When it comes to dividing marital property, Washington is a community property state. This means that most assets and debts acquired during the marriage must be divided equally unless there are compelling reasons that justify an alternative distribution method. For example, one party may pay a higher percentage of debt if they have a substantially higher income.
Here are some assets that debts that must be considered during a Washington divorce:
The primary residence where you and your spouse reside is often the main focus of property division, but all real estate holdings should be included, such as vacation properties, real estate rental investments, land, and second homes.
Bank accounts, savings accounts, and investment accounts acquired during the marriage should generally be divided equally between spouses. This can be tricky given that both parties likely continue to use these accounts after filing. Make sure you and your spouse open new accounts and agree on how to divide the money in your marital accounts fairly so you can start paying your own bills separately.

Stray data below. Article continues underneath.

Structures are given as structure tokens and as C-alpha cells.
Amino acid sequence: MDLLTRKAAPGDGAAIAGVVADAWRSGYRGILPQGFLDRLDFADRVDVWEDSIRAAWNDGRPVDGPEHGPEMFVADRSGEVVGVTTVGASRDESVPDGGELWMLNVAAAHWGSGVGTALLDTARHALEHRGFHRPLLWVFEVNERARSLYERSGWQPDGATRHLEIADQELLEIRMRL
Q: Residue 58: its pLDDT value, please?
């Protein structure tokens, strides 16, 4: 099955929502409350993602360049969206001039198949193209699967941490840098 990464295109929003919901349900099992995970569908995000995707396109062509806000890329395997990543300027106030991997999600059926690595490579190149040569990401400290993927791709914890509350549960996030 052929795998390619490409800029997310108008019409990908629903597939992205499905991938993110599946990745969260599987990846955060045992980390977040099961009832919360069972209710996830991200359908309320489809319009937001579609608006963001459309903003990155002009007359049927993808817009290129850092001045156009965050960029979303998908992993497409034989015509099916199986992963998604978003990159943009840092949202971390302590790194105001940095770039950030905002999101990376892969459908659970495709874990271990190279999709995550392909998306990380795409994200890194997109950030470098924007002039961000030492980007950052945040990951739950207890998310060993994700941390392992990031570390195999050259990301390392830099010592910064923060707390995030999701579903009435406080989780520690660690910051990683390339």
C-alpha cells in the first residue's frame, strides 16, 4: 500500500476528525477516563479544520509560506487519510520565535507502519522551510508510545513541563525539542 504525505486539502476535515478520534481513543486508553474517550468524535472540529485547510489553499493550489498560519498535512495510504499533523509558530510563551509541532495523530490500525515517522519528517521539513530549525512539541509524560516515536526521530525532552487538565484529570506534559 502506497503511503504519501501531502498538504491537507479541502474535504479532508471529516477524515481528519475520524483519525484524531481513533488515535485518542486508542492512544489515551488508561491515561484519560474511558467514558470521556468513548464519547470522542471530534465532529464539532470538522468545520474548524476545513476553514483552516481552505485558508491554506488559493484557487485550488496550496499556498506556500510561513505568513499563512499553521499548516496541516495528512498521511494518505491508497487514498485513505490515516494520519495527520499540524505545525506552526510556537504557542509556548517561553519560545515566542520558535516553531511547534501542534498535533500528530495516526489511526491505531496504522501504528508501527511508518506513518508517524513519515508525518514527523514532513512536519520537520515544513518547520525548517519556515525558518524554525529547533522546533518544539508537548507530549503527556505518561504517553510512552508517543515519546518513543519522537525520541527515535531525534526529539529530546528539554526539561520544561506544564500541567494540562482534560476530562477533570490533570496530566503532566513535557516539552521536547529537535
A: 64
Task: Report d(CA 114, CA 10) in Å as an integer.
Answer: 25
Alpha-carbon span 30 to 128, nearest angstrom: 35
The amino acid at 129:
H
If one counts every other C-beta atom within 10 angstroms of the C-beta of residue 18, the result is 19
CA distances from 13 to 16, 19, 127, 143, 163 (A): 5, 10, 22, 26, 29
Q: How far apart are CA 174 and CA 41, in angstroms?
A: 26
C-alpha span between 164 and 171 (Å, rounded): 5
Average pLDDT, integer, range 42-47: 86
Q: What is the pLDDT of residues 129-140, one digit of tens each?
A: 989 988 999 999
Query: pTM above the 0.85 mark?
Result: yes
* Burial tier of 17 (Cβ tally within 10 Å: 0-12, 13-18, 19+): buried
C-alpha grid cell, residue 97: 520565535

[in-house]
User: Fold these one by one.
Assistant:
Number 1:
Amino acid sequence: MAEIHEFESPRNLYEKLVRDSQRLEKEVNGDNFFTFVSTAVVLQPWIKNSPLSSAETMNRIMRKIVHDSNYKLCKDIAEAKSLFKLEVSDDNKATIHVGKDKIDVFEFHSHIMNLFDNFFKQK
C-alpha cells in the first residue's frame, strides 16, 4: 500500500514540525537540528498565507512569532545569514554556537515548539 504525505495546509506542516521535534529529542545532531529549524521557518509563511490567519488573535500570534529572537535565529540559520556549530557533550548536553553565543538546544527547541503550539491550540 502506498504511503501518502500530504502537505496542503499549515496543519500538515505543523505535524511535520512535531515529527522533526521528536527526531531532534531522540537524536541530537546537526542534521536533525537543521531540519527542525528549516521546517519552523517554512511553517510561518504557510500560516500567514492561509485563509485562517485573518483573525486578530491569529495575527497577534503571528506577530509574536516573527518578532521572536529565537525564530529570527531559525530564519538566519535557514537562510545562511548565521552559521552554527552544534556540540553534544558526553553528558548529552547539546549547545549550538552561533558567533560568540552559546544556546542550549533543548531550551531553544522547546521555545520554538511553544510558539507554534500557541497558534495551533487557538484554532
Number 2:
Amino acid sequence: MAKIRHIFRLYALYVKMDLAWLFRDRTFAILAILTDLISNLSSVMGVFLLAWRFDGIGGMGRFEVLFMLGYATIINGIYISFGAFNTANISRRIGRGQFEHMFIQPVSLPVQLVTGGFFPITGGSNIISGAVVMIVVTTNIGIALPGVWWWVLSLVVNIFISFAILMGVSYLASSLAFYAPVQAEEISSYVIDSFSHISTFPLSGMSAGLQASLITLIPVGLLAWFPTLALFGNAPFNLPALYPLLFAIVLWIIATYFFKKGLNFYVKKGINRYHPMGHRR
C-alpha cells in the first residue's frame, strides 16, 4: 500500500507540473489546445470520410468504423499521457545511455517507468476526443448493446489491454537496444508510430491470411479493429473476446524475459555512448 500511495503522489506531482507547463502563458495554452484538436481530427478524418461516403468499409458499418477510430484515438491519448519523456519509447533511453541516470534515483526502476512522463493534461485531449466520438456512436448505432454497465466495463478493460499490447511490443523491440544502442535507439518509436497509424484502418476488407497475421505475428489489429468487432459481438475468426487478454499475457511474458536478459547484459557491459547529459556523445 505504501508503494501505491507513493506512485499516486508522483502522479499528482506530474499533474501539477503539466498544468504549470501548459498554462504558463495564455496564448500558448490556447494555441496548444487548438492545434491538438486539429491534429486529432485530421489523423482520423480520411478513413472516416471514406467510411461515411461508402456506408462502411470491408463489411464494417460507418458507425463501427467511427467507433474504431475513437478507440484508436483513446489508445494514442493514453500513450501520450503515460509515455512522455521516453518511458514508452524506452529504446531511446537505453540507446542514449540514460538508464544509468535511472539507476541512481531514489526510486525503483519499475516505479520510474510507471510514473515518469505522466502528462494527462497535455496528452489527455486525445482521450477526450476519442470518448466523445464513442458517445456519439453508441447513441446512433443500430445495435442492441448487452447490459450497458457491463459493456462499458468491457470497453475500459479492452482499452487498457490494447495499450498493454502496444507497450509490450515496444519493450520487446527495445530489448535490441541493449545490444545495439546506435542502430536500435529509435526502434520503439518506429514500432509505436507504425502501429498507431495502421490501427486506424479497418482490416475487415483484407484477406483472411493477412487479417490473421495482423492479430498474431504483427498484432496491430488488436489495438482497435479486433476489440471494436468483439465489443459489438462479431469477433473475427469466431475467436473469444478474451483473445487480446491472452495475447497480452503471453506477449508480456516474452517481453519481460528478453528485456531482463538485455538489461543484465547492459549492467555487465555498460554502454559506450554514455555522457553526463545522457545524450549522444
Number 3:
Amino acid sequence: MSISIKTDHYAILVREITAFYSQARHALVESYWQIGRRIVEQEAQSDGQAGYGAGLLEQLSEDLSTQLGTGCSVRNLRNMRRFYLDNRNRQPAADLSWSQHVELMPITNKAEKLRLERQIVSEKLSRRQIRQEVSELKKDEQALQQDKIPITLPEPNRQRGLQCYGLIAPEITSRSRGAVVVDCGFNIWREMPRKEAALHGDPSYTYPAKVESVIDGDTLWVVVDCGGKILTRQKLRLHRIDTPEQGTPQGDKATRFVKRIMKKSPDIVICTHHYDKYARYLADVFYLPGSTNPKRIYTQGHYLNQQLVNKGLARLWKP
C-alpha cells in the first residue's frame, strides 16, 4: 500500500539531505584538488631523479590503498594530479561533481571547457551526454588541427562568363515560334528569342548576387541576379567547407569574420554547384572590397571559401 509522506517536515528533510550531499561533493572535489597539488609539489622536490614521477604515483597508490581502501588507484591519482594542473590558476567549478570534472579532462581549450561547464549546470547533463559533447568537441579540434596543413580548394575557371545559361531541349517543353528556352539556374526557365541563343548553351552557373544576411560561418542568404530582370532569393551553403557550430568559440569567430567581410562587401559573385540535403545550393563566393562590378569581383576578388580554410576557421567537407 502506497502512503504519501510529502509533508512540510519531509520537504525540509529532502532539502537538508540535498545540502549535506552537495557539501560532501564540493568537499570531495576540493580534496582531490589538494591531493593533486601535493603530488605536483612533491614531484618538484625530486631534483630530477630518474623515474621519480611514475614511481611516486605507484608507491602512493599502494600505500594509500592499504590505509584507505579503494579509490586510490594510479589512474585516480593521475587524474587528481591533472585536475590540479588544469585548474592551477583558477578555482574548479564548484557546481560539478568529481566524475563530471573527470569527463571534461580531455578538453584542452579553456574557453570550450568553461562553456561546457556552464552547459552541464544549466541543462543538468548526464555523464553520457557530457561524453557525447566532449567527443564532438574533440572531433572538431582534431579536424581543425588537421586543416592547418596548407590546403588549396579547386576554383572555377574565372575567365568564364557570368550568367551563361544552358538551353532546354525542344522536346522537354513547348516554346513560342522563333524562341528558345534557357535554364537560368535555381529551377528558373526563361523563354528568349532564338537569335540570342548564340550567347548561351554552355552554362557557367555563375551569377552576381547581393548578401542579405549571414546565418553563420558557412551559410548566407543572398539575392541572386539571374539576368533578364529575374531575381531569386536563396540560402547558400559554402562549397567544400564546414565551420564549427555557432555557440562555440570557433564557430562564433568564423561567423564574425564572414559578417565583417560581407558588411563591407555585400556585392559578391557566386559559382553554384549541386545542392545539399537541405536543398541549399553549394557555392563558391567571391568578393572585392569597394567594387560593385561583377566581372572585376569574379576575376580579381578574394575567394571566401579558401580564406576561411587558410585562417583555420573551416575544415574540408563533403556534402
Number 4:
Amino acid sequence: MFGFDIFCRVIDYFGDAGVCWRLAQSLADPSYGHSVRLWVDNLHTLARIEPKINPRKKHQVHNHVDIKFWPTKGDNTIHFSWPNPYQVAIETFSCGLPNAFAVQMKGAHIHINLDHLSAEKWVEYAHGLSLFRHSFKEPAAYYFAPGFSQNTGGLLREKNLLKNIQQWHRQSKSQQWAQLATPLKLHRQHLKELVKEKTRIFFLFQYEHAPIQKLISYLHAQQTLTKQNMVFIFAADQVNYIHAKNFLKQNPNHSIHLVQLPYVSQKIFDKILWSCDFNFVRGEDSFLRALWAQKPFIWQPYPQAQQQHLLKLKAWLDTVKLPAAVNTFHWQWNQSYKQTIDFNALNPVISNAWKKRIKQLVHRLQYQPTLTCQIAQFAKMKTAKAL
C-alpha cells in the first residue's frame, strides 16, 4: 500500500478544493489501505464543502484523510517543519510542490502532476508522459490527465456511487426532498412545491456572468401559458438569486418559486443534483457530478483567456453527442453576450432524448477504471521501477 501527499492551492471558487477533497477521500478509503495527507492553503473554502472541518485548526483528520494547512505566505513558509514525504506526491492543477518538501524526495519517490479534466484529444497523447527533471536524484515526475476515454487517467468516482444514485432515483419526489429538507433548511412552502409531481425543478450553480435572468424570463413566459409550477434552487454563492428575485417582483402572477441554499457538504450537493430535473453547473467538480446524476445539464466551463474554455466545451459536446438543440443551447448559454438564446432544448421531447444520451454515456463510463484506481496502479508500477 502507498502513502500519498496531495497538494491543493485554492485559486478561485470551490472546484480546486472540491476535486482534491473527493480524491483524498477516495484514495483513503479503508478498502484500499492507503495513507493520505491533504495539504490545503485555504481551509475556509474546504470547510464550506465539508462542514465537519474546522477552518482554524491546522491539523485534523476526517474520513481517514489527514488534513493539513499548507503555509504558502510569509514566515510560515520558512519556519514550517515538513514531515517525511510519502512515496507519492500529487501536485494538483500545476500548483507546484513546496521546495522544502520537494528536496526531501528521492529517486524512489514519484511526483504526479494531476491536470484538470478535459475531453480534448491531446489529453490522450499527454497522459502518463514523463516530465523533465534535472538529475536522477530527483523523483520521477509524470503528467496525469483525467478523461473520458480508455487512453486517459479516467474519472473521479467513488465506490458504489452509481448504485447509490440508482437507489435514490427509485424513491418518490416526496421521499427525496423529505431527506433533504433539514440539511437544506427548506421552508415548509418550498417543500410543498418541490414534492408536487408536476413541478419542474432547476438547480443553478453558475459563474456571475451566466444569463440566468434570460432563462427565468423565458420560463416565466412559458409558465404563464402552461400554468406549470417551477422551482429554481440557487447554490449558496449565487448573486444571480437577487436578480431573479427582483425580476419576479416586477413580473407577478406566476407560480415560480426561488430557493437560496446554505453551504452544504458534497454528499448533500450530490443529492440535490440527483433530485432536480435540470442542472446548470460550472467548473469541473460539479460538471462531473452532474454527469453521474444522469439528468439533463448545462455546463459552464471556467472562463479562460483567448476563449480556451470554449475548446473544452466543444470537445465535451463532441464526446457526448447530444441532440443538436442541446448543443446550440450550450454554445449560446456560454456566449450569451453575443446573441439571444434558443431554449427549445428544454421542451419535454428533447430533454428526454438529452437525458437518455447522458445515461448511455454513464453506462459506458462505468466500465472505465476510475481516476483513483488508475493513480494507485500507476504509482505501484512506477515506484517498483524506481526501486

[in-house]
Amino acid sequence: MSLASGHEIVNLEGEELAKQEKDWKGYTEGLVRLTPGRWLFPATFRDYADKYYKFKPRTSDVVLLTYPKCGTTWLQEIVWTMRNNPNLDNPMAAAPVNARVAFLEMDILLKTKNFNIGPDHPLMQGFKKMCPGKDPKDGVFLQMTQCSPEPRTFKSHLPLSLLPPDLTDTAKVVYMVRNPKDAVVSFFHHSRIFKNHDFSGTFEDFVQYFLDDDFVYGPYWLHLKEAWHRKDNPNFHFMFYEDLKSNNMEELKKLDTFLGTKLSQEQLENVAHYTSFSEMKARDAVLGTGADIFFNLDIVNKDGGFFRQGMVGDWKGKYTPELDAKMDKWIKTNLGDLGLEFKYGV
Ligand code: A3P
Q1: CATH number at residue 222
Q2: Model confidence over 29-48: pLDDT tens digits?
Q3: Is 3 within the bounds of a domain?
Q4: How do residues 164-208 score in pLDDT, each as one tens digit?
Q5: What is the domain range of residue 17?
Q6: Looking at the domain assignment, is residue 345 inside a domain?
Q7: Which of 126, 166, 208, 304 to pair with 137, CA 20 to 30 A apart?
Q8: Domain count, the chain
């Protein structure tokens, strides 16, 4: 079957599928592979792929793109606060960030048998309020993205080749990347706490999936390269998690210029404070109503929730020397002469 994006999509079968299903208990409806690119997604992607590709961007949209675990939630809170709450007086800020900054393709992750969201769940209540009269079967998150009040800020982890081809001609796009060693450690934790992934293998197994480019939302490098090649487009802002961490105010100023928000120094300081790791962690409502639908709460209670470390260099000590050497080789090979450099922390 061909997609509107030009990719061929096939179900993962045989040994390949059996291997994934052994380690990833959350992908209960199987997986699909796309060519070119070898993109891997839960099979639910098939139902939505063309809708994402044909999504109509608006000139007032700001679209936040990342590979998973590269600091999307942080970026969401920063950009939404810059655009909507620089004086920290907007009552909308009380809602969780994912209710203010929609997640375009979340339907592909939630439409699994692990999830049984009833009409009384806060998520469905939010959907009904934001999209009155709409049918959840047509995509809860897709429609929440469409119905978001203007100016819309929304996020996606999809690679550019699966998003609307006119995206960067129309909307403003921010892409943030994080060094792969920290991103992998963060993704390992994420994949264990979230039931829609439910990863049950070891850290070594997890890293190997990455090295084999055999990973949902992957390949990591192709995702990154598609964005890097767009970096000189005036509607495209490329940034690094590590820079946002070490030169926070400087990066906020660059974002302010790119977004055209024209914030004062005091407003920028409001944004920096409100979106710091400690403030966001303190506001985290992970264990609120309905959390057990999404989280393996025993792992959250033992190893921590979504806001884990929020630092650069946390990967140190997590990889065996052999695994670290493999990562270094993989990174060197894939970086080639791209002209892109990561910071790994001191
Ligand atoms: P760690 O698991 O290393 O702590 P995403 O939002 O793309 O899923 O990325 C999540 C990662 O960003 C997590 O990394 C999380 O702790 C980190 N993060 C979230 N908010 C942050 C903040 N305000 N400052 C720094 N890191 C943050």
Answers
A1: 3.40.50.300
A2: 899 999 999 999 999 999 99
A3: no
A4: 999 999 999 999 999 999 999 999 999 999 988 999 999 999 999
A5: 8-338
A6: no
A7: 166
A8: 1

Retirement assets and pensions that were amassed during a marriage will usually be divided fairly. To do this, a qualified domestic relations order (QDRO) may be necessary. This form provides access to funds in a retirement account to someone who is not officially an owner of that account. Alternatively, spouses may decide to keep their respective accounts or buy each other, out.
Read: What Is a QDRO?
Cars, motorcycles, boats, and other vehicles acquired during a marriage typically fall in the community property category. They should be divided equally or sold so the proceeds can be shared.
It can be challenging to divide personal items like furniture, electronics, and household items between spouses. The options are to sell the larger items and use the funds to pay off marital debt or to fairly split the items so both spouses walk away with things that add up to a similar value.
If one or both spouses acquired businesses during the marriage, their value must be determined, and negotiations must be conducted for their sale or division. In most cases, if one spouse owns and runs the business, they may buy out the interest of the other spouse.
Debts accumulated during marriage
Debts acquired during marriage, such as credit card balances or loans, are usually divided equitably. However, in some cases, more debt may be assigned to one person because they make more money now or incurred more of the debt for their career growth during the marriage (such as school loans) or for other personal reasons.
What legal documents and forms will you need for divorce in Washington?
The specific legal documents and forms required for divorce in Washington may vary depending on the complexity of your case and whether you have minor children. Here are the documents and forms you might need: